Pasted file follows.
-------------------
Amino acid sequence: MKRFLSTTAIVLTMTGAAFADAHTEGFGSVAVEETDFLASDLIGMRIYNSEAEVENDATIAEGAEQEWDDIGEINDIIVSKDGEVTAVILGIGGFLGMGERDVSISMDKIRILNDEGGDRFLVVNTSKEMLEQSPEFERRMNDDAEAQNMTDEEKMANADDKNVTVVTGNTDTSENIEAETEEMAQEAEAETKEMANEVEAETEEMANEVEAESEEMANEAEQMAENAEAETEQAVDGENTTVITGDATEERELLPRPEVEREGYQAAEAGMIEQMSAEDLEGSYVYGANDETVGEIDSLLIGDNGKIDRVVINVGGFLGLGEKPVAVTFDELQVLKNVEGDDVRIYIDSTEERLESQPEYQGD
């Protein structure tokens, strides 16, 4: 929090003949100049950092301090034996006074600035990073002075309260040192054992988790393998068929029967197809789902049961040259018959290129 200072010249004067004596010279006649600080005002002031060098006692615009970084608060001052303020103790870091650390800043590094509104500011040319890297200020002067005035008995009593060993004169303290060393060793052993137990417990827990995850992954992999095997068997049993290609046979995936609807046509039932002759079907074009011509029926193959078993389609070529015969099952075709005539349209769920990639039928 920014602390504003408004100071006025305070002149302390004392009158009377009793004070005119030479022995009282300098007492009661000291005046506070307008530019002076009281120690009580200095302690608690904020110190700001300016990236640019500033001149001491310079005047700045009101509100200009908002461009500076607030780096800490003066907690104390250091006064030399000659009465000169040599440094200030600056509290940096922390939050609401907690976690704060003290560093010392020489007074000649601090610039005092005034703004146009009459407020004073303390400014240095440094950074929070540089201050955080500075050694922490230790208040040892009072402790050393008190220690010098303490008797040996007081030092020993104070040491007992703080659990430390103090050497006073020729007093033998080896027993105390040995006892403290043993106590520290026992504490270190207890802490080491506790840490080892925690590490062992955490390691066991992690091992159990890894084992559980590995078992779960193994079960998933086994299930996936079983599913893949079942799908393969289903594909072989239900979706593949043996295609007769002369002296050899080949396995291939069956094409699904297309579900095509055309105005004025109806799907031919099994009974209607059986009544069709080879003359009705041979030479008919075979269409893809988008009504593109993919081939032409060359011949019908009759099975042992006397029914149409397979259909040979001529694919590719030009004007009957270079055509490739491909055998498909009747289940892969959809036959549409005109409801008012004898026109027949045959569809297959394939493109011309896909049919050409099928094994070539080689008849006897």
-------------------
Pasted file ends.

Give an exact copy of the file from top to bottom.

Amino acid sequence: MKRFLSTTAIVLTMTGAAFADAHTEGFGSVAVEETDFLASDLIGMRIYNSEAEVENDATIAEGAEQEWDDIGEINDIIVSKDGEVTAVILGIGGFLGMGERDVSISMDKIRILNDEGGDRFLVVNTSKEMLEQSPEFERRMNDDAEAQNMTDEEKMANADDKNVTVVTGNTDTSENIEAETEEMAQEAEAETKEMANEVEAETEEMANEVEAESEEMANEAEQMAENAEAETEQAVDGENTTVITGDATEERELLPRPEVEREGYQAAEAGMIEQMSAEDLEGSYVYGANDETVGEIDSLLIGDNGKIDRVVINVGGFLGLGEKPVAVTFDELQVLKNVEGDDVRIYIDSTEERLESQPEYQGD
């Protein structure tokens, strides 16, 4: 929090003949100049950092301090034996006074600035990073002075309260040192054992988790393998068929029967197809789902049961040259018959290129 200072010249004067004596010279006649600080005002002031060098006692615009970084608060001052303020103790870091650390800043590094509104500011040319890297200020002067005035008995009593060993004169303290060393060793052993137990417990827990995850992954992999095997068997049993290609046979995936609807046509039932002759079907074009011509029926193959078993389609070529015969099952075709005539349209769920990639039928 920014602390504003408004100071006025305070002149302390004392009158009377009793004070005119030479022995009282300098007492009661000291005046506070307008530019002076009281120690009580200095302690608690904020110190700001300016990236640019500033001149001491310079005047700045009101509100200009908002461009500076607030780096800490003066907690104390250091006064030399000659009465000169040599440094200030600056509290940096922390939050609401907690976690704060003290560093010392020489007074000649601090610039005092005034703004146009009459407020004073303390400014240095440094950074929070540089201050955080500075050694922490230790208040040892009072402790050393008190220690010098303490008797040996007081030092020993104070040491007992703080659990430390103090050497006073020729007093033998080896027993105390040995006892403290043993106590520290026992504490270190207890802490080491506790840490080892925690590490062992955490390691066991992690091992159990890894084992559980590995078992779960193994079960998933086994299930996936079983599913893949079942799908393969289903594909072989239900979706593949043996295609007769002369002296050899080949396995291939069956094409699904297309579900095509055309105005004025109806799907031919099994009974209607059986009544069709080879003359009705041979030479008919075979269409893809988008009504593109993919081939032409060359011949019908009759099975042992006397029914149409397979259909040979001529694919590719030009004007009957270079055509490739491909055998498909009747289940892969959809036959549409005109409801008012004898026109027949045959569809297959394939493109011309896909049919050409099928094994070539080689008849006897």